Code Snippet — Accessing Clipboard Images with Javascript

The system clipboard is a feature that most of us heavy computer users probably couldn’t survive a day without. While it’s mostly used for copying and pasting text, images can also be stored in the clipboard, by for example using the print screen key. Today I want to share with you how you can access these images with a bit of Javascript code. This works in modern versions of Chrome and Firefox, but the technique differs a bit between them.

Here’s the code:

// We start by checking if the browser supports the
// Clipboard object. If not, we need to create a
// contenteditable element that catches all pasted data
if (!window.Clipboard) {
  var pasteCatcher = document.createElement('div');

  // Firefox allows images to be pasted into contenteditable elements
  pasteCatcher.setAttribute('contenteditable', '');

  // We can hide the element and append it to the body,
  pasteCatcher.style.opacity = 0;

  // as long as we make sure it is always in focus
  document.addEventListener('click', function() {
// Add the paste event listener
window.addEventListener('paste', pasteHandler);

/* Handle paste events */
function pasteHandler(e) {
  // We need to check if event.clipboardData is supported (Chrome)
  if (e.clipboardData) {
    // Get the items from the clipboard
    var items = e.clipboardData.items;
    if (items) {
      // Loop through all items, looking for any kind of image
      for (var i = 0; i < items.length; i++) {
        if (items[i].type.indexOf('image') !== -1) {
          // We need to represent the image as a file,
          var blob = items[i].getAsFile();
          // and use a URL or webkitURL (whichever is available to the browser)
          // to create a temporary URL to the object
          var URLObj = window.URL || window.webkitURL;
          var source = URLObj.createObjectURL(blob);

          // The URL can then be used as the source of an image
    // If we can't handle clipboard data directly (Firefox),
    // we need to read what was pasted from the contenteditable element
  } else {
    // This is a cheap trick to make sure we read the data
    // AFTER it has been inserted.
    setTimeout(checkInput, 1);

/* Parse the input in the paste catcher element */
function checkInput() {
  // Store the pasted content in a variable
  var child = pasteCatcher.childNodes[0];

  // Clear the inner html to make sure we're always
  // getting the latest inserted content
  pasteCatcher.innerHTML = '';

  if (child) {
    // If the user pastes an image, the src attribute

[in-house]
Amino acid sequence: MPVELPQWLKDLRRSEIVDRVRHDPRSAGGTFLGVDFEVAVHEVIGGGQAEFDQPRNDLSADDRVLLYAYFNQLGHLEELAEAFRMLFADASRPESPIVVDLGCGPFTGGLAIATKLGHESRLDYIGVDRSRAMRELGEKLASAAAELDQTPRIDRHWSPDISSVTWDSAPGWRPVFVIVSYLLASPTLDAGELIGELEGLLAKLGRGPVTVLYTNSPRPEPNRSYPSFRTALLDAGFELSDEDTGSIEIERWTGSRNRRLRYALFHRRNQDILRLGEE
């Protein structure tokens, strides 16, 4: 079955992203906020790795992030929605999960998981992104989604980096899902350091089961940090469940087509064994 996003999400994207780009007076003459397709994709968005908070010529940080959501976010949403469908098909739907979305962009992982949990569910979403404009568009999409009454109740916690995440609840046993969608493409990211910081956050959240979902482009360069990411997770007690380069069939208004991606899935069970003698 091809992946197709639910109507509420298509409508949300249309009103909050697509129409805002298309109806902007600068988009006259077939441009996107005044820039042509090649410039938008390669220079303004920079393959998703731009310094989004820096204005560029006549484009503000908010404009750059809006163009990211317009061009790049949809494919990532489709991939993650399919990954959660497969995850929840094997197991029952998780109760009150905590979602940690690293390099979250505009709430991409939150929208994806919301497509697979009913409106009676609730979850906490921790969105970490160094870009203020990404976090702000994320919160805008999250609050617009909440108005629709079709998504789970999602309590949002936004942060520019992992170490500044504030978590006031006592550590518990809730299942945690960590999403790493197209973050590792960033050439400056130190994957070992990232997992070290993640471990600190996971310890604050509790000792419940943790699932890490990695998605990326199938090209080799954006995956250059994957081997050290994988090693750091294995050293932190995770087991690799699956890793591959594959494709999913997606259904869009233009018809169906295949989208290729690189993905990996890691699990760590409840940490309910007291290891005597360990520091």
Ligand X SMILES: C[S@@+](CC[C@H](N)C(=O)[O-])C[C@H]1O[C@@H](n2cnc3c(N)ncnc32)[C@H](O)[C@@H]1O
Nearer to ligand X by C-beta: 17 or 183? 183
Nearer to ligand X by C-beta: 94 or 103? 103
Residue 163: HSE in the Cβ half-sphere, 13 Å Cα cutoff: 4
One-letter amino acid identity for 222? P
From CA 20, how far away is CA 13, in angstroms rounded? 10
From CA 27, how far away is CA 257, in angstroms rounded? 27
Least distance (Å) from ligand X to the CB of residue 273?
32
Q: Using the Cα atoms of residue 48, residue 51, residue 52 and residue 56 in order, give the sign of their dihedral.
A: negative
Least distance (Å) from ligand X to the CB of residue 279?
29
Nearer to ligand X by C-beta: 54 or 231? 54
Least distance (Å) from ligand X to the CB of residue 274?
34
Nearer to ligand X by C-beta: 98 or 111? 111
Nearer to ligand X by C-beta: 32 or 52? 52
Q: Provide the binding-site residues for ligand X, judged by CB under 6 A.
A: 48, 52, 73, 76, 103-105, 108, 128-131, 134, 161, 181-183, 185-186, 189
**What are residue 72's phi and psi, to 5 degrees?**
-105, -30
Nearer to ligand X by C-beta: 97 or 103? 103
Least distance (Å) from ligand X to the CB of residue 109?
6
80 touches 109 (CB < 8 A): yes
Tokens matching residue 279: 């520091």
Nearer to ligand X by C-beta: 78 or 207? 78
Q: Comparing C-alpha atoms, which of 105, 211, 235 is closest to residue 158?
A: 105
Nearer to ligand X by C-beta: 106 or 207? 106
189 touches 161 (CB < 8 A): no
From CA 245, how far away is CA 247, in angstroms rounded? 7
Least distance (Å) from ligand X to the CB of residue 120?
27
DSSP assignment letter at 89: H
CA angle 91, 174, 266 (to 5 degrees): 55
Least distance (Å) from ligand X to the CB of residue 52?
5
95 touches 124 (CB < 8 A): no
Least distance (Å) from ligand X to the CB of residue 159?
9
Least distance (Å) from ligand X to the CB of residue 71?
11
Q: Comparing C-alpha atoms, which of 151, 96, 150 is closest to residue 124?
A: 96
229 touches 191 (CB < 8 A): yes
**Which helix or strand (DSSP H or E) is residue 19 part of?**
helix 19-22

// will represent the image as a base64 encoded string.
    if (child.tagName === 'IMG') {

/* Creates a new image from a given source */
function createImage(source) {
  var pastedImage = new Image();
  pastedImage.onload = function() {
    // You now have the image!
  pastedImage.src = source;

With Chrome we can access the image in the clipboard through the clipboardData object, but this can only be done inside a paste event handler. Inside the event handler, we loop through all items and search for an image. If we find one, we create a Blob of the image, and use the URL of it as the image source.

Firefox on the other hand does not have the clipboardData object, but we can work around this. In Firefox, it’s possible to paste images into elements with the contenteditable attribute set. By creating an invisible contenteditable element which always is focused, we can catch everything that the user pastes. So, everytime the user pastes something, we read through the content in the catcher element and check if it was an image. If it is, we simply take the source of that image and clear the element.

That nasty bit of code you see on line 48, setTimeout(checkInput, 1);, is a way to work around the fact that contenteditable elements don’t trigger oninput events in Firefox. Since the paste event triggers before anything is inserted into the element, we set a 1 ms timeout before we read the element’s content. This is enough time for the pasted content to be inserted.

Once we have the image, we can do anything we want with it, e.g append it to the page, draw it onto a canvas, upload it to a server, etc.

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